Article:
As a stay-at-home mom, the coming of September is like the dawning of the apocalypse.
The sun is fading to black. I can practically smell the grenades: the sharpened pencils and rubber cement that come with the start of school. I can hear the kids screaming: they can’t find their gym shorts, their favorite uniform is at their dad’s, their backpack zipper is broken and they only want to have a playdate with Blair, remember? Not Eva! And where’s that water bottle? Forget locating the summer reading books.
I’m not ready. Yes, I had the entire summer “off.” Summer is the holy grail of a stay-at-home mom’s life.
Summer moments. Sensational.
Camp is easy! Summer activities are a breeze! What’s applying sunscreen on four kids when I could be walking down the street with them being pelted by hail? Summer is when I can exhale, relax, get the proverbial parenting feet up. I can watch the kids play outside without having to do anything.
In the fall, I moonlight as an indoor camp counselor, chauffeur, drama coach, music teacher and logistics manager. Not to mention all the events I’m required to attend when I’m not even with my kids. With four kids in four classes at three schools, I could spend every night at a parent event.
And the forms! Don’t even get me started. I want to tattoo a copy of each kid’s most recent medical form on their foreheads. Emergency contacts? Check. But who can pick up my kid during a school emergency in the event that the 14 people I have on the pick-up list are suddenly unavailable? I don’t care! That would never happen! Just save my kid!
Yes, I know — I chose to have four children. (Kind of.) But still. I didn’t know how much busy work there would be.
School play from 1983. (I'm in the middle.)
I want to go back to parenting 1980s-style. My mom didn’t run around all day going to ballet orientation and art class open houses and science class prep only to then leave us at home at night to go to various class cocktail parties and curriculum nights. No. My mom walked me down to the bus stop on the corner of 68th Street in the mornings, took a safety pin and pinned a play-date note, hand-written on her blue stationary with the red monogram on it, to my uniform jumper. She mimed “Eye - Love - You” through the window.
And then she was free until I got off the bus again in the afternoon. She didn’t spend the entire day at her desk (Computer? What was that?!) filling out Doodle Polls and Google Docs just to coordinate after school activity pick-ups.
She played tennis. She saw friends. She went to Gilda’s aerobics classes on 79th and Third before treating herself to cottage cheese and fruit for lunch. Yes, she fielded a few calls on the rotary phone stationed on the kitchen wall during lunch, the cord pulled all the way over to the table, as she smoked and scribbled a few events into her red leather-bound datebook. But then she moved on with her day. She didn’t need a six-color-coded iCal calendar like I have just to figure out which kid was going where.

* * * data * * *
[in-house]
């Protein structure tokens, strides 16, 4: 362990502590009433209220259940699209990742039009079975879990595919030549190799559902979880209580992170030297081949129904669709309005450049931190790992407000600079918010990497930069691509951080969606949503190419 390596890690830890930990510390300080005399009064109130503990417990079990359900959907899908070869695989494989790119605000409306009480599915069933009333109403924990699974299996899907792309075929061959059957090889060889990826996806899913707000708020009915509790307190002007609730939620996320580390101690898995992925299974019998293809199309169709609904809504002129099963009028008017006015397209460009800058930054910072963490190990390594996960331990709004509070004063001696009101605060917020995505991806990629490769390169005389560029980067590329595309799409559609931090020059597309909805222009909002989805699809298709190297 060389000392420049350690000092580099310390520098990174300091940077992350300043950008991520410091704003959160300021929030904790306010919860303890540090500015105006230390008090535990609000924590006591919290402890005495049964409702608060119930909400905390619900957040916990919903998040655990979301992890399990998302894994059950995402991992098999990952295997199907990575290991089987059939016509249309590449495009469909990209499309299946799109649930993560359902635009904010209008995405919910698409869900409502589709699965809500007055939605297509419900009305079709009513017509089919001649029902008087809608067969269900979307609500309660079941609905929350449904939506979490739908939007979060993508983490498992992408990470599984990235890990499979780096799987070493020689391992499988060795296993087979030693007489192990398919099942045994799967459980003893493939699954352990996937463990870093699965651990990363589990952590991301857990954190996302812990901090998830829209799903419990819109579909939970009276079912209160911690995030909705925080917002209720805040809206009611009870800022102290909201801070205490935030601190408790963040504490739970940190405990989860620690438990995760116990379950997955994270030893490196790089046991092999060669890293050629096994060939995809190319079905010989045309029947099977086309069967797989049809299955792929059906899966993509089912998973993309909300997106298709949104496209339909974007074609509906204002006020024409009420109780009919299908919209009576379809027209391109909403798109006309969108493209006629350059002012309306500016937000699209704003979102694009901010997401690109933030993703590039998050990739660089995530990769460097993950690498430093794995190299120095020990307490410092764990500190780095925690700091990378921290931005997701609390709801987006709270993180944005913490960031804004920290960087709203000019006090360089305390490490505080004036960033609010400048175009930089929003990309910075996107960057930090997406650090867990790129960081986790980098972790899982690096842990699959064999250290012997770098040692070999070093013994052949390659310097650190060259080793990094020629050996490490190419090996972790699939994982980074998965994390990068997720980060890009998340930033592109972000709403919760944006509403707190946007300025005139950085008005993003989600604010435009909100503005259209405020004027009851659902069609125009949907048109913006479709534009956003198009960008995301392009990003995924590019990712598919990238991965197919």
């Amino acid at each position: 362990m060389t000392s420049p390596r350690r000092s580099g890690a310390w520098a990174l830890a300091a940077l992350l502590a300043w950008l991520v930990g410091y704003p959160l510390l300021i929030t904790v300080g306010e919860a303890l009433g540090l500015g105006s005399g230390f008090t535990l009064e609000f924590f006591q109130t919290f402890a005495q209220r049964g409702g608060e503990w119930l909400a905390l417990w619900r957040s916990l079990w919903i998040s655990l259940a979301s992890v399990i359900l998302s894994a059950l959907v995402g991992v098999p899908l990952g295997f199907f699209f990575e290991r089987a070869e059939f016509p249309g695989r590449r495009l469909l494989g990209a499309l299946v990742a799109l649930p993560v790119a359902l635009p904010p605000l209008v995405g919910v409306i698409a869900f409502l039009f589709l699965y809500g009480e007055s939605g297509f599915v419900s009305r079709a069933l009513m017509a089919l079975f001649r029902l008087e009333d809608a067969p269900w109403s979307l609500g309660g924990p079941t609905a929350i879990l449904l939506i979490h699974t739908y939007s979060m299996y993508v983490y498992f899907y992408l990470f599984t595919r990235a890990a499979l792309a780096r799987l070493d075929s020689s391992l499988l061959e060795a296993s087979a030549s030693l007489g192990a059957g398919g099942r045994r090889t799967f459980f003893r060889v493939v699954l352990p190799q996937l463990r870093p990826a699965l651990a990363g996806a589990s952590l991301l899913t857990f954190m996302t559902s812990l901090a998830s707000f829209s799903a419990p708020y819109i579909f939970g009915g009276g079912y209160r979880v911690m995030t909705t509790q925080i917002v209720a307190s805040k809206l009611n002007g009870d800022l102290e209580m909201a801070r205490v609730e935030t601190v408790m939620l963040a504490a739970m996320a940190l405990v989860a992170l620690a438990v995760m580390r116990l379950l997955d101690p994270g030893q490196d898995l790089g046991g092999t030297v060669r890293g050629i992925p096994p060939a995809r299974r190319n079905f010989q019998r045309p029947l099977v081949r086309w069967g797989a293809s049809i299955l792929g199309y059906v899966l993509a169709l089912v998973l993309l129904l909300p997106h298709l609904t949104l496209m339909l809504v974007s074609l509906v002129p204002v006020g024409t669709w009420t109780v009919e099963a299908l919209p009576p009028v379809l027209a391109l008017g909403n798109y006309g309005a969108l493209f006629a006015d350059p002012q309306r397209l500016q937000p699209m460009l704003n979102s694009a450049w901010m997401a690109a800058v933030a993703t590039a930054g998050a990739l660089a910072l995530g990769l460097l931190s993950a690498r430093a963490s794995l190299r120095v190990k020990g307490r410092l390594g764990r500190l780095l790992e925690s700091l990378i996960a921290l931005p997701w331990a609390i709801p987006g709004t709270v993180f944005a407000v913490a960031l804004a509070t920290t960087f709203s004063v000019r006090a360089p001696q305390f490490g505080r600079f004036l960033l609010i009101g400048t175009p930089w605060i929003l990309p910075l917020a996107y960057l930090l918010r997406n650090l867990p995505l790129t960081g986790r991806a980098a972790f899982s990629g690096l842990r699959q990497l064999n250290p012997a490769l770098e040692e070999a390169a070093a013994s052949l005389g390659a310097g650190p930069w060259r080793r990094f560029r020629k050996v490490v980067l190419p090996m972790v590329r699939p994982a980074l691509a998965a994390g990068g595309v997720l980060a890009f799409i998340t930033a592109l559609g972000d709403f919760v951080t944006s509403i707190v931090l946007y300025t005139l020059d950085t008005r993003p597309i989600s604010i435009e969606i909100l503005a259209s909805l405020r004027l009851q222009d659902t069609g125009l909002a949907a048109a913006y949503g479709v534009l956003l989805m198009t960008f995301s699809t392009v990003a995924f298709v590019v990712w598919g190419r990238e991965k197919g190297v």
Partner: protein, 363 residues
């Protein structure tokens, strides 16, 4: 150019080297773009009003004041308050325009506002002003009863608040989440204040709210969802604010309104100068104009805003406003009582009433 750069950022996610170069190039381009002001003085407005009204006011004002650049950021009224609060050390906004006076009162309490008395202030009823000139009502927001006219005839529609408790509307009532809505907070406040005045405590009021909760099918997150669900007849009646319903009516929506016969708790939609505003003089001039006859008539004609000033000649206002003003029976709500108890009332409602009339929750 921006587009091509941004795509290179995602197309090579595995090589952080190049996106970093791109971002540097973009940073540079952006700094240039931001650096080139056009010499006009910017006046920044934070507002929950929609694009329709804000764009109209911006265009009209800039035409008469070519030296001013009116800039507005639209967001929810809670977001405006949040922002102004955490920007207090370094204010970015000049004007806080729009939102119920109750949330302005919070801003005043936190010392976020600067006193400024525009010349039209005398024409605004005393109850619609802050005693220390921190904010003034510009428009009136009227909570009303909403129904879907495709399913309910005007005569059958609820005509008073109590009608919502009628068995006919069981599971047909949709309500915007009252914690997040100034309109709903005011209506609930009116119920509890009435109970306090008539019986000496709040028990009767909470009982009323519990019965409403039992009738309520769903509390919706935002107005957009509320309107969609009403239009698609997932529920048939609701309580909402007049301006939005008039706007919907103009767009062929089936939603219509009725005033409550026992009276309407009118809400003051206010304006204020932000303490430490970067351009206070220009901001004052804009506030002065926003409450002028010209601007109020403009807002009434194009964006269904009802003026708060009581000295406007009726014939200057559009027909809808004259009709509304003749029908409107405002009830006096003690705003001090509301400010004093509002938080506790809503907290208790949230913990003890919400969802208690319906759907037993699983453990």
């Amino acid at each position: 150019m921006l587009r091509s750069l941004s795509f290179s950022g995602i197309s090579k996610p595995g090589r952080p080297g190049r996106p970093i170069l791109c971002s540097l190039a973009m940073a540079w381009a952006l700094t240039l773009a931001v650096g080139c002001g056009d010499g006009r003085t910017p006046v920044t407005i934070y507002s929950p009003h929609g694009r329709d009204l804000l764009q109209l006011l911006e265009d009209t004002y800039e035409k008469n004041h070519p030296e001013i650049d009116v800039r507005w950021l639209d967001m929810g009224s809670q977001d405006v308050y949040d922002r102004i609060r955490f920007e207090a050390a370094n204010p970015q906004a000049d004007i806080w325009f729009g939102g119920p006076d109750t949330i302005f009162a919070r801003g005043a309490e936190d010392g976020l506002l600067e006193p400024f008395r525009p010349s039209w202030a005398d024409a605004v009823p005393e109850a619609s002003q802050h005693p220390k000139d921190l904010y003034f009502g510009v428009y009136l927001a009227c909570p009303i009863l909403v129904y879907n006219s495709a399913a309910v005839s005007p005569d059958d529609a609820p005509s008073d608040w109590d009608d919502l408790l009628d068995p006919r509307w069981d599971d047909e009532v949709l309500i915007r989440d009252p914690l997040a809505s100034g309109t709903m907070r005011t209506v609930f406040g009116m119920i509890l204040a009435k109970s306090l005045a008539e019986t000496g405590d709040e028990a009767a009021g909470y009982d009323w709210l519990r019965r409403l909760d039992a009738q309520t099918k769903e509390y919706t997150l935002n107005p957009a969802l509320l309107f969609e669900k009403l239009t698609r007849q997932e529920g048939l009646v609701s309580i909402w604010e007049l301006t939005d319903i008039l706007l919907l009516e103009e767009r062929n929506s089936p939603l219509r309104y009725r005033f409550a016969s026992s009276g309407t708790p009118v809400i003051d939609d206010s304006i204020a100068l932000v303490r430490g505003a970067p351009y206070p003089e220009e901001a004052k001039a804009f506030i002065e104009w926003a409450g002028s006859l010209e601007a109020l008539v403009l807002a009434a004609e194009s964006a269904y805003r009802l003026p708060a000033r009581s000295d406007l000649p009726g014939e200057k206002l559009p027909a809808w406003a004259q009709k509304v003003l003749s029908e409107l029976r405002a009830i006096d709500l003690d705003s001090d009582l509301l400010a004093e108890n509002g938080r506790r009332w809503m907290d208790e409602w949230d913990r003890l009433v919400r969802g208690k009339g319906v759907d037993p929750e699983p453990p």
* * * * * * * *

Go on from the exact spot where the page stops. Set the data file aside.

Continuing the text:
And she rarely made mistakes, whereas no matter how elaborate a system I devise, I still end up opening the door in shock to find the chess teacher standing there.
I want to go back to the land of Freezy Freakies gloves, Chocolate Soup bags, Florence Eisemann dresses, bloomers, celery and carrot sticks in a bowl of water in the fridge, Cabbage Patch Kids and Princess Leia lunchboxes. I want to jump into our Chevy Caprice Classic station wagon on the “special seat” (really the armrest in the front row). I want leg warmers and Tre-torns, Haagen Daaz and Madonna.
Madonna! How can Madonna be 60 years old? Just yesterday I was eight years old myself and standing on the corner waiting for the school bus when my dad handed me a freshly printed TIME magazine with Madonna on the cover. My idol!
Come back, Summer! Come back!
Okay. My infantile attempts at regression aren’t getting me anywhere. I can’t go back to the ‘80s. I can’t even go back to July. I have to brave the hit of the September crazies head on. I feel like I’m in one of those warrior movies, riding a horse, feeling pretty good about my little army behind me, until suddenly I crest over a hill and see 8,000 warriors pointing arrows right at me. That is September today for a mom.
So I’m putting up my shield with the family crest on it. I’m screaming “AHHH” and charging right at them. If I’m going to fall, I’m not going to do so without trying. And who knows? Maybe this time, I’ll be victorious like Mel Gibson and somehow, against all odds, conquer my opponents. I’m hoping.
Until then, I’m putting on some “Little House on the Prairie” and “Family Ties” and hoping I can just get to October.
Oh God, October is coming soon. Halloween costumes, anyone?